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2
The Dental Hygienist’s Guide to
Nutritional Care
5TH EDITION
Cynthia A. Stegeman, RDH, EdD,
RDN, LD, CDE
Ohio Delegate to the Academy of Nutrition and Dietetics
National Board Dental Hygiene Examination Test Construction Committee
Commission on Dental Competency Assessments Consultant
Professor and Chairperson, Dental Hygiene Program
University of Cincinnati, Blue Ash
Cincinnati, Ohio
Judi Ratliff Davis, MS, RDN
Former Quality Assurance Nutrition Consultant
Women, Infants and Children (WIC) Program
Texas Department of State Health Services
Austin, Texas
3
4
Table of Contents
Cover image
Title Page
Reference Tables
Copyright
Dedication
Preface
New to This Edition
Organization
About Evolve
Note From the Authors
Acknowledgments
About the Authors
Part I Orientation to Basic Nutrition
1 Overview of Healthy Eating Habits
Basic Nutrition
Physiologic Functions of Nutrients
Basic Concepts of Nutrition
Government Nutrition Concerns
5
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Nutrient Recommendations: Dietary Reference Intakes
Food Guidance System for Americans
Support Healthy Eating Patterns for All
MyPlate System
Other Food Guides
Nutrition Labeling
Student Readiness
References
2 Concepts in Biochemistry
What is Biochemistry?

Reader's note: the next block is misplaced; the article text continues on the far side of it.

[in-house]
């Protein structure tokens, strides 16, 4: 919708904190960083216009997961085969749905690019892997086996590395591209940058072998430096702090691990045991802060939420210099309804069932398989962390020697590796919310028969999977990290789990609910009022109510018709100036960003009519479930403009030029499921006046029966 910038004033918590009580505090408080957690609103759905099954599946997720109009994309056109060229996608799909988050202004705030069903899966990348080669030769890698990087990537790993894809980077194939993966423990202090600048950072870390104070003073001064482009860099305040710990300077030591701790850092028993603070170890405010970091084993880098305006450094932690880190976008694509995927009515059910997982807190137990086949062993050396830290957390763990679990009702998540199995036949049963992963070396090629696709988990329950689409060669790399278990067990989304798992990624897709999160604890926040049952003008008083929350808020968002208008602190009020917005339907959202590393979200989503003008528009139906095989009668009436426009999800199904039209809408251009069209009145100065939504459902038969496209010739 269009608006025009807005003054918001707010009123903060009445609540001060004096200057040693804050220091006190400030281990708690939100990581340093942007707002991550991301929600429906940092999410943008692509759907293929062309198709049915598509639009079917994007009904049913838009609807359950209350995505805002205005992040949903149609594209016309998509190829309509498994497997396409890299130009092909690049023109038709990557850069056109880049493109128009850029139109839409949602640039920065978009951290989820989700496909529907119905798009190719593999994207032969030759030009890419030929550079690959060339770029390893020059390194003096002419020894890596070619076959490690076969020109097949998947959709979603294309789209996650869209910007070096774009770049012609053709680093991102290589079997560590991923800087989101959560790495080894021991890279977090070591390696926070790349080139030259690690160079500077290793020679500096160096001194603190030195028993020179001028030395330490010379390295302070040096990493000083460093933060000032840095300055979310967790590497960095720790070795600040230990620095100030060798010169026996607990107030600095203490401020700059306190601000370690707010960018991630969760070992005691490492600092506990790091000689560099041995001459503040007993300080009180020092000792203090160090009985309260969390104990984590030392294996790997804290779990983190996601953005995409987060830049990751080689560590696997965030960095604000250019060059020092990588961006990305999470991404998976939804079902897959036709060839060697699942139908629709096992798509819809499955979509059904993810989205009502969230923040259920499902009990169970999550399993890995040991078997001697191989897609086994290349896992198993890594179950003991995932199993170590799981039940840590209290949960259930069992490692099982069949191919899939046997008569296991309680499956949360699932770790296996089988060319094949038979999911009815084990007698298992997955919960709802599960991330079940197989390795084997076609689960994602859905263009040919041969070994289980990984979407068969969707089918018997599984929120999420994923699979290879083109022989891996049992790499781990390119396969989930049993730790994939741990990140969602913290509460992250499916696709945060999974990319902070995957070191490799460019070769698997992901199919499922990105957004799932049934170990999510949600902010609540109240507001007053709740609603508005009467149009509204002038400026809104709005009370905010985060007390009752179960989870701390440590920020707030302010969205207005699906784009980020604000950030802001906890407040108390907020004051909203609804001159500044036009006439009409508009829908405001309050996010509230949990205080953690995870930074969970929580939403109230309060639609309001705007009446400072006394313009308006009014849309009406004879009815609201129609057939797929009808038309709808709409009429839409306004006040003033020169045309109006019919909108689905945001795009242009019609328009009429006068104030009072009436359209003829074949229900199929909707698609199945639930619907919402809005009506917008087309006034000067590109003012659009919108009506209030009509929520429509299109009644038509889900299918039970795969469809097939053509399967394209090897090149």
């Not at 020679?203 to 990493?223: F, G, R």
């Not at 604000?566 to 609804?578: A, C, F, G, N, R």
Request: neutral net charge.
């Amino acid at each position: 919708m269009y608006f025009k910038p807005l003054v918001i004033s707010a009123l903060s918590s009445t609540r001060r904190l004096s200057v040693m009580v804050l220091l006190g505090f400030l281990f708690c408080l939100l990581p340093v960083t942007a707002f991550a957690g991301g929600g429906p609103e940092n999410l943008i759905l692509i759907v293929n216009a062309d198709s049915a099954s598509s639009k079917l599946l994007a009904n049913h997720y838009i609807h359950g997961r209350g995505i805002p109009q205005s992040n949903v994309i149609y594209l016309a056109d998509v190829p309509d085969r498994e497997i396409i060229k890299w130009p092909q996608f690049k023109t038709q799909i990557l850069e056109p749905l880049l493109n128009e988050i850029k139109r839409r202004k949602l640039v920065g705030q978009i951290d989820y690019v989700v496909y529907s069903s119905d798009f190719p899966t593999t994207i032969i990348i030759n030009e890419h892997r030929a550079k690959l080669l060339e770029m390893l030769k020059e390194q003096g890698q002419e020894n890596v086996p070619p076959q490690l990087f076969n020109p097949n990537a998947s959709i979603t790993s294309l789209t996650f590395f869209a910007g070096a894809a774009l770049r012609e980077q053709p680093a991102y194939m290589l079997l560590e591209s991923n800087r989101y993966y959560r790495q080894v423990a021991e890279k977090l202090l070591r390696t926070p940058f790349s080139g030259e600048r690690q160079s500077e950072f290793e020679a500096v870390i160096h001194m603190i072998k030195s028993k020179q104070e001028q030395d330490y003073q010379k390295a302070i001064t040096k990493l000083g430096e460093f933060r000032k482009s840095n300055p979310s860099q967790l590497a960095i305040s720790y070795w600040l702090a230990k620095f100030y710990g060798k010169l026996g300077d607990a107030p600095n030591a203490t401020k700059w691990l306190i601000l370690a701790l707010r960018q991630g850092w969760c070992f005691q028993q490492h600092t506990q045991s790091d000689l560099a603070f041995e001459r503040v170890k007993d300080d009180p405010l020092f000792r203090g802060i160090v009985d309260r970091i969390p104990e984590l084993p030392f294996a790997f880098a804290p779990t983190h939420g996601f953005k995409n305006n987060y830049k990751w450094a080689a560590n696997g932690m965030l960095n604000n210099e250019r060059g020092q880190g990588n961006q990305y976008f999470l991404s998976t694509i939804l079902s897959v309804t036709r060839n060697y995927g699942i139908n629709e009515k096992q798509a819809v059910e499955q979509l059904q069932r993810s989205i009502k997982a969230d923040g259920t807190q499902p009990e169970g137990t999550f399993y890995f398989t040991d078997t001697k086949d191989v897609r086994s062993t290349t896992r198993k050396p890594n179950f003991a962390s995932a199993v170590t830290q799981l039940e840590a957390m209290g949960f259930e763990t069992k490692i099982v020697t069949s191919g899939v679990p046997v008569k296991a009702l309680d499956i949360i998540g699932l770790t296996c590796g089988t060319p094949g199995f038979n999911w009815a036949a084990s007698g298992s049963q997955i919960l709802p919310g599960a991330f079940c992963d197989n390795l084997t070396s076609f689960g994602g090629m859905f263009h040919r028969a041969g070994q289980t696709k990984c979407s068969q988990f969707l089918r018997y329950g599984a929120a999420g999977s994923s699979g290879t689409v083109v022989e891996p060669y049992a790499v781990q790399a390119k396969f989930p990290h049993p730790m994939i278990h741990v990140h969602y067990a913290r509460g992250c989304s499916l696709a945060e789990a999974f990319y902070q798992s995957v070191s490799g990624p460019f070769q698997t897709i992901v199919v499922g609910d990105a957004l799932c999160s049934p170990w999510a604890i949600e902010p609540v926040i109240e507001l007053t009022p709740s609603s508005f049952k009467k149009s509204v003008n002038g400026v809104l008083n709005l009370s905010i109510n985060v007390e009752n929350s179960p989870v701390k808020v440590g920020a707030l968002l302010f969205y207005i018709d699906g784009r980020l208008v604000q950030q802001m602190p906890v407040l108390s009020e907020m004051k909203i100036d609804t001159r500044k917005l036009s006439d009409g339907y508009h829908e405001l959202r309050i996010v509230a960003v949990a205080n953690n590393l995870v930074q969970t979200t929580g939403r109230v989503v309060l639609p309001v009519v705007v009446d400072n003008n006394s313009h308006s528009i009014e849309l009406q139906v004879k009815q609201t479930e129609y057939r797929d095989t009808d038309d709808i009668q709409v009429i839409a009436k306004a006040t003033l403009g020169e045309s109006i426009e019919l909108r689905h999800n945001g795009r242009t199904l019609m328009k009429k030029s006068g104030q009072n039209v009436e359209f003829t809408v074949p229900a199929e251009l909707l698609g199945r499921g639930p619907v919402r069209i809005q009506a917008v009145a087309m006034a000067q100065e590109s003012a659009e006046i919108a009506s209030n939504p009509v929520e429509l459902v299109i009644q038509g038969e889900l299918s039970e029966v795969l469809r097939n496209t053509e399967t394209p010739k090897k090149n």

Fundamentals of Biochemistry
Principle Biomolecules in Nutrition
Summary of Metabolism
Student Readiness
References
3 The Alimentary Canal
Physiology of the Gastrointestinal Tract
Oral Cavity
Esophagus
Gastric Digestion
Small Intestine
Large Intestine
Student Readiness
References
4 Carbohydrate
6
Classification
Physiologic Roles
Requirements
Sources
Hyperstates and Hypostates
Nonnutritive Sweeteners/Sugar Substitutes
Student Readiness
References
5 Protein
Amino Acids
Classification
Physiologic Roles
Requirements
Sources
Underconsumption and Health-Related Problems
Overconsumption and Health-Related Problems
Student Readiness
References
6 Lipids
Classification
Chemical Structure
Characteristics of Fatty Acids
Compound Lipids
Cholesterol
Physiologic Roles
7
Dietary Fats and Dental Health
Dietary Requirements
Sources
Overconsumption and Health-Related Problems
Underconsumption and Health-Related Problems
Fat Replacers
Student Readiness
References
7 Use of the Energy Nutrients
Metabolism
Role of the Liver
Role of the Kidneys
Carbohydrate Metabolism
Protein Metabolism
Lipid Metabolism
Alcohol Metabolism
Metabolic Interrelationships
Metabolic Energy
Basal Metabolic Rate
Total Energy Requirements
Energy Balance
Inadequate Energy Intake
Student Readiness
References
8 Vitamins Required for Calcified Structures
8
Overview of Vitamins
Vitamin A (Retinol, Carotene)
Vitamin D (Calciferol)
Vitamin E (Tocopherol)
Vitamin K (Quinone)
Vitamin C (Ascorbic Acid)